A new study published in the Aug. 6 online edition of the American Journal of Epidemiology suggests that overweight and obese children are more likely to develop asthma than their normal-weight peers. In addition, they are more likely to suffer more severe asthma attacks.
In the study, which was supported by the National Institutes of Health and conducted by Kaiser Permanente, researchers analyzed the electronic records of 623,358 children, classifying them as normal weight, overweight, moderately obese, or extremely obese based on their height and weight.
According to an Aug.7 Kaiser Permanente news release, study results showed that:
- Overweight children were 1.16 times more likely to be diagnosed with asthma than normal-weight kids.
- Moderately obese kids were 1.23 times more likely to develop asthma.
- Extremely obese children were 1.37 times more likely to develop the condition.
- Girls ages 6 to 10 who were moderately or extremely obese had a 1.36 and 1.56 times higher risk of asthma than normal-weight girls.
- Moderately and extremely obese Asian-Pacific Islander children had a 1.41 and 1.67 times higher risk of developing asthma.
- Among the children who did develop asthma, moderately and extremely obese kids were more likely to have more regular and aggressive attacks that resulted in emergency room visits and/or treatment with inhalers than their normal-weight peers.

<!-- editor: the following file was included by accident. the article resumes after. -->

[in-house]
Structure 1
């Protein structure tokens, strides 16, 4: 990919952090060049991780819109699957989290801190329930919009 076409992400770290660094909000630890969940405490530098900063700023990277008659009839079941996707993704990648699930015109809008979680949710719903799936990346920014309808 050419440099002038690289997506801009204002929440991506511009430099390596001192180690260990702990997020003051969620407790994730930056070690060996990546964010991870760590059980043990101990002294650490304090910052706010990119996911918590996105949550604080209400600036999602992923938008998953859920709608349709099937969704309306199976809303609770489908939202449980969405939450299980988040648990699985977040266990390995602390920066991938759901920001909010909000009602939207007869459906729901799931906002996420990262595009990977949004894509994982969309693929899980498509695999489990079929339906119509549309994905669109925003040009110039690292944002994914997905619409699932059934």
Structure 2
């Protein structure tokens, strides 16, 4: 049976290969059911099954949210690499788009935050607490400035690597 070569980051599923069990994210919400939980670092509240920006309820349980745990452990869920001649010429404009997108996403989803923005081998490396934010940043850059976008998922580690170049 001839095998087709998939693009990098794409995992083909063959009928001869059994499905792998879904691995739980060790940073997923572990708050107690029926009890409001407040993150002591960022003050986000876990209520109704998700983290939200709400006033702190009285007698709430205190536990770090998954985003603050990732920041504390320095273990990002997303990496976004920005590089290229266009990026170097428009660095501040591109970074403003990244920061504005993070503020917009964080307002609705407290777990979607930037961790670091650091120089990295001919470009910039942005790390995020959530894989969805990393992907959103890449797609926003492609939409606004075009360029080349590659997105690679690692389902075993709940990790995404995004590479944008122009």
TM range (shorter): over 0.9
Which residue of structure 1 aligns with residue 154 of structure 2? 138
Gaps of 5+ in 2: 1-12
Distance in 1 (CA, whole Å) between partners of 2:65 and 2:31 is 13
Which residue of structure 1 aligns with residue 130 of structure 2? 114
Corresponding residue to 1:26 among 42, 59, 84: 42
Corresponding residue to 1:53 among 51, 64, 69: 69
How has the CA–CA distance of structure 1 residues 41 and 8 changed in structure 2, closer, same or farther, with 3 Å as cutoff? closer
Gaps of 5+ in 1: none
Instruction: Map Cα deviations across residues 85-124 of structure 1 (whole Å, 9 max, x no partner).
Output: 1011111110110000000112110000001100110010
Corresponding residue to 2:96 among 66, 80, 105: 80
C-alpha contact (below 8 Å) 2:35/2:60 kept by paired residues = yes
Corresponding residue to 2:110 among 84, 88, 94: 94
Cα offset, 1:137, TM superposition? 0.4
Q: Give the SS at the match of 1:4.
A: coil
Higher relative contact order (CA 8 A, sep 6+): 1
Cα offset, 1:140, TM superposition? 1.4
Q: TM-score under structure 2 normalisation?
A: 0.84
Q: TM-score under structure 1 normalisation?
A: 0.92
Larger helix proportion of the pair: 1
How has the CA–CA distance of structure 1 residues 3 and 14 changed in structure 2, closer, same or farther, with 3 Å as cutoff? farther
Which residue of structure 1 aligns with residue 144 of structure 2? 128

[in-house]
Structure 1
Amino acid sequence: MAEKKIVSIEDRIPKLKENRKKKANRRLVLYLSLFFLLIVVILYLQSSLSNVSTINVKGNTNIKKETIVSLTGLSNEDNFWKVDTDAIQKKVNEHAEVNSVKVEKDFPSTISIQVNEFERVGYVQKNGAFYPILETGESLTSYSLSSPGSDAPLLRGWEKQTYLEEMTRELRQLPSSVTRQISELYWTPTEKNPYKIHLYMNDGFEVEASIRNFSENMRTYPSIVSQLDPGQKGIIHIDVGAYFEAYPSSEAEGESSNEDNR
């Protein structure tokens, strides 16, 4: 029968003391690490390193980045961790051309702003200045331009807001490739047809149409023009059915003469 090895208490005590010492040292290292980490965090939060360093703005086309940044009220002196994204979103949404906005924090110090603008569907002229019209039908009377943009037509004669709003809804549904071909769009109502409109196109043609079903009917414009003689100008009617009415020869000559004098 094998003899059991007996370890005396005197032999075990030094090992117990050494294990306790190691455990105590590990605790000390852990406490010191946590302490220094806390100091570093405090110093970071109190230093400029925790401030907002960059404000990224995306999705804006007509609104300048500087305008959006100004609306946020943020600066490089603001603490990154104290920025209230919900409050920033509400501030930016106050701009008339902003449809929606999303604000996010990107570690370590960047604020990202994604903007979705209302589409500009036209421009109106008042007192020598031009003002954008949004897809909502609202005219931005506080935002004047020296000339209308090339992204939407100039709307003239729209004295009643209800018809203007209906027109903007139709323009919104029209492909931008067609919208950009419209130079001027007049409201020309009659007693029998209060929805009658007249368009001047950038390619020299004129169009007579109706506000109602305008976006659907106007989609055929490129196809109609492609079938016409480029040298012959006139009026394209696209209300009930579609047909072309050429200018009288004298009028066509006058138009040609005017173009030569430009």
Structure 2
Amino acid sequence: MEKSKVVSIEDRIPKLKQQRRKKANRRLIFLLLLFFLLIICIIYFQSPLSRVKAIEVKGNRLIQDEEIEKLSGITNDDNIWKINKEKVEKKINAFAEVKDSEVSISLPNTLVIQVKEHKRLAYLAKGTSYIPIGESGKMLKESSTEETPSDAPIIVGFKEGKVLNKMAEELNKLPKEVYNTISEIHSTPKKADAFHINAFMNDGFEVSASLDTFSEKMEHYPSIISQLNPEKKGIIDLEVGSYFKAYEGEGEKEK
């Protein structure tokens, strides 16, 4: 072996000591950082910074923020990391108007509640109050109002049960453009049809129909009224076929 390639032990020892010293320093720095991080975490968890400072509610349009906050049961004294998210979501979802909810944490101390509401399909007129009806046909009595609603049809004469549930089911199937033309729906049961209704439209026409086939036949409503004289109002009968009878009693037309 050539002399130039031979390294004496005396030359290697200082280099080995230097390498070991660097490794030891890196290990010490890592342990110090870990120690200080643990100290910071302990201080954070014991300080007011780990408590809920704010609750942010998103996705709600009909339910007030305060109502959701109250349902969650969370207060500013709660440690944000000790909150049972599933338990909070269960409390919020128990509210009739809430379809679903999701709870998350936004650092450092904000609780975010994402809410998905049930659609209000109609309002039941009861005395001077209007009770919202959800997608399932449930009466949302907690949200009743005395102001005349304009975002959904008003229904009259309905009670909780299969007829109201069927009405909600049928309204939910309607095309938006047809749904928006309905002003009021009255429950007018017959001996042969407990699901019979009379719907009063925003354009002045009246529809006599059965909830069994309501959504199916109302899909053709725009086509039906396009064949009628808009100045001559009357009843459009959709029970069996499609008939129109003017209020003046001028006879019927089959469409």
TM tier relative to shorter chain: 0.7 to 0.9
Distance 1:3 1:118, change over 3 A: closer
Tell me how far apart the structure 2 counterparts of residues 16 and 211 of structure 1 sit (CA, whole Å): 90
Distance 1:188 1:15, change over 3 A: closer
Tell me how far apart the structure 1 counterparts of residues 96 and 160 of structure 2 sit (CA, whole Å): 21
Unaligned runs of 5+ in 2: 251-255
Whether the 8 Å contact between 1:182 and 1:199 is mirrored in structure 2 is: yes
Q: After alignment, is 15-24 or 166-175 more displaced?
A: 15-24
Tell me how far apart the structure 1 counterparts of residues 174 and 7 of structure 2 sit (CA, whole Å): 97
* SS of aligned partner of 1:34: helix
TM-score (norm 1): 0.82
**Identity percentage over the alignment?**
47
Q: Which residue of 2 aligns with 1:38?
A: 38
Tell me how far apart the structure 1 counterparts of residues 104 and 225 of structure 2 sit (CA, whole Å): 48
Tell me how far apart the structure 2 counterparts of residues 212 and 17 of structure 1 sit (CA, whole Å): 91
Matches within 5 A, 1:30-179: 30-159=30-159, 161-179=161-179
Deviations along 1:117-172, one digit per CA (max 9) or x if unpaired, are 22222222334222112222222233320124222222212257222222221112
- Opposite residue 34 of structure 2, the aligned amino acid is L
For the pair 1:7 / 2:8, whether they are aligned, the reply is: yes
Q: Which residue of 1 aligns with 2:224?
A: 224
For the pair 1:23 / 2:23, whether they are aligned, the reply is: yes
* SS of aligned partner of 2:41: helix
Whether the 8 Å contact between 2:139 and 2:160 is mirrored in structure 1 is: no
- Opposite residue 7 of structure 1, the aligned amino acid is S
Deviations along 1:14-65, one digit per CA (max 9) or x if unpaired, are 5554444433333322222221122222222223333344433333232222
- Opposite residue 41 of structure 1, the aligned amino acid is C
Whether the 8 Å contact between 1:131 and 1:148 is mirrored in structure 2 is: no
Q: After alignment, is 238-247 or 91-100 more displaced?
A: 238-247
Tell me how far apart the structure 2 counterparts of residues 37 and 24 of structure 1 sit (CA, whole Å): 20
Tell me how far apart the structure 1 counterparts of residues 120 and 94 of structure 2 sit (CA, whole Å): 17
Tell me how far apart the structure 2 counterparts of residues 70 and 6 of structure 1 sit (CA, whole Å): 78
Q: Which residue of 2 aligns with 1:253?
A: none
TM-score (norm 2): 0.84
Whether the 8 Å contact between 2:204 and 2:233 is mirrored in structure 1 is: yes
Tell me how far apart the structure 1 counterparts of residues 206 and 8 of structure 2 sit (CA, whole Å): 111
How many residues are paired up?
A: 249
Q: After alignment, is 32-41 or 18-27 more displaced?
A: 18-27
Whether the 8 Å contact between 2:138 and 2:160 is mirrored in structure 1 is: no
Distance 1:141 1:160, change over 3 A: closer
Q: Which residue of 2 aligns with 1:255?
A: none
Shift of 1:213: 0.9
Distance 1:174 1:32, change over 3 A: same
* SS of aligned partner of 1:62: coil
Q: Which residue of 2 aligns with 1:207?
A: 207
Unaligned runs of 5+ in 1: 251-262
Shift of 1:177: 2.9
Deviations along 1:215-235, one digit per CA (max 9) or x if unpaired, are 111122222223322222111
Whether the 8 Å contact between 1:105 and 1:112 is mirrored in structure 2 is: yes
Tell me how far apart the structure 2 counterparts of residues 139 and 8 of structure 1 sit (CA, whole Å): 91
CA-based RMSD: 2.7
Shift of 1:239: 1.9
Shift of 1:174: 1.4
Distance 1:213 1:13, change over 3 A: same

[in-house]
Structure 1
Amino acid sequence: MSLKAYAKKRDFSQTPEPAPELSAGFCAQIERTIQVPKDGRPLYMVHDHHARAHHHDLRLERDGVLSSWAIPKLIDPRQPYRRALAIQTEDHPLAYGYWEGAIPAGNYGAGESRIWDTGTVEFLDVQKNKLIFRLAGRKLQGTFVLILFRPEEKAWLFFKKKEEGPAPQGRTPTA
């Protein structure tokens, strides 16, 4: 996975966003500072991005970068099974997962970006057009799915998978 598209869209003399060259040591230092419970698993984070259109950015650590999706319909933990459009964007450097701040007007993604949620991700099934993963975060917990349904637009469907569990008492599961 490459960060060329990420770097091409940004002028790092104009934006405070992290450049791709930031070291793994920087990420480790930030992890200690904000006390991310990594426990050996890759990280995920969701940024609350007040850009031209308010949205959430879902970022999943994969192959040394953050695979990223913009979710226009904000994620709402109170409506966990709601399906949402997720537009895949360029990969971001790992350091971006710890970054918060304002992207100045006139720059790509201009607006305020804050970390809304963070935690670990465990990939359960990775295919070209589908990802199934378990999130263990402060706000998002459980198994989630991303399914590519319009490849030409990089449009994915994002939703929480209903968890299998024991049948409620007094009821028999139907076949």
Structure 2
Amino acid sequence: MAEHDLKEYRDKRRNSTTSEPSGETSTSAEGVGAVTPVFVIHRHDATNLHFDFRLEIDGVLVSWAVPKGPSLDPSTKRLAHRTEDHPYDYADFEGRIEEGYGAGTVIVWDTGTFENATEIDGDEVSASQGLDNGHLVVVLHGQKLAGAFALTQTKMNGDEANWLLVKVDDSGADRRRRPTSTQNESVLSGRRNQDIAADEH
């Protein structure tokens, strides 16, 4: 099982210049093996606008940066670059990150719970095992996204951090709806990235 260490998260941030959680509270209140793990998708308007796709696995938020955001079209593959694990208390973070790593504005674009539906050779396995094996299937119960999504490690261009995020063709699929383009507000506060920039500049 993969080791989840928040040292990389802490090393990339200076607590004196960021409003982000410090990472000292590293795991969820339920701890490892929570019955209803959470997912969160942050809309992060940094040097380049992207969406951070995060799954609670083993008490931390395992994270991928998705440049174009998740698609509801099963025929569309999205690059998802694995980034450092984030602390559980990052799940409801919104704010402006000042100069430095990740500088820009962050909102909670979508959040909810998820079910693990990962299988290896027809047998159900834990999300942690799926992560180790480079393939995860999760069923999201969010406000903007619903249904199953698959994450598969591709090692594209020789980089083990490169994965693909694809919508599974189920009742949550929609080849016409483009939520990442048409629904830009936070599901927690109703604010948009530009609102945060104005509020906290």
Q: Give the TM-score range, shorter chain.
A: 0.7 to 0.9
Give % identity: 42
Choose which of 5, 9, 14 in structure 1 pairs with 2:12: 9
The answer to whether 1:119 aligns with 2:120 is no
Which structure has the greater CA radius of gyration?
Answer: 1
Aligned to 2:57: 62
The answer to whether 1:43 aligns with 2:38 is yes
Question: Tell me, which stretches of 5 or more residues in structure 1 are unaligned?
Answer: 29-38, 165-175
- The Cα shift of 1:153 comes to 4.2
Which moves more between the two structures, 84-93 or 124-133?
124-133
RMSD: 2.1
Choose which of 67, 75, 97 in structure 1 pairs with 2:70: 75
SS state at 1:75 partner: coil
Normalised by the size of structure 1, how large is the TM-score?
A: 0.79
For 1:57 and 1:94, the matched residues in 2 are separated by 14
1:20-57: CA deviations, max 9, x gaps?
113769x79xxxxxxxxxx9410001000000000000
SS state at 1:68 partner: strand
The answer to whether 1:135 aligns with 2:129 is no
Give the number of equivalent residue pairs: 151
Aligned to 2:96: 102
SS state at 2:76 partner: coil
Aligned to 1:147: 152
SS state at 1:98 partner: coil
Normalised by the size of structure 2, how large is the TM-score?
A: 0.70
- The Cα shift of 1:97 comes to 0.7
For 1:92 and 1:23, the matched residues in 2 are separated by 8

According to the Centers for Disease Control and Prevention (CDC), asthma is a leading chronic illness among children and adolescents in the U.S., and along with obesity, is growing in prevalence.
Inflammation caused by body fat is suspected to be one factor in the kids’ increased risk of asthma, study lead author, Mary Helen Black, PhD, of the department of research and evaluation at Kaiser Permanente Southern California, told HealthDay News.
The extra pounds may also affect the severity of asthma by placing additional weight on a child’s chest and constricting breathing, explained Black.
For Black and her colleagues, the study is a red flag for health care professionals to be on alert for signs of asthma in overweight kids.
“As a result of this research, we know that children who are overweight or obese – particularly young girls and Asian-Pacific Islander children – are more likely to develop asthma,” said Black in the news release.
“With this knowledge, we can work to develop programs to prevent asthma in high-risk groups. Physicians might also monitor obese children with asthma more closely, since these children tend to have a more severe type of asthma,” Black added.
Learn more about asthma.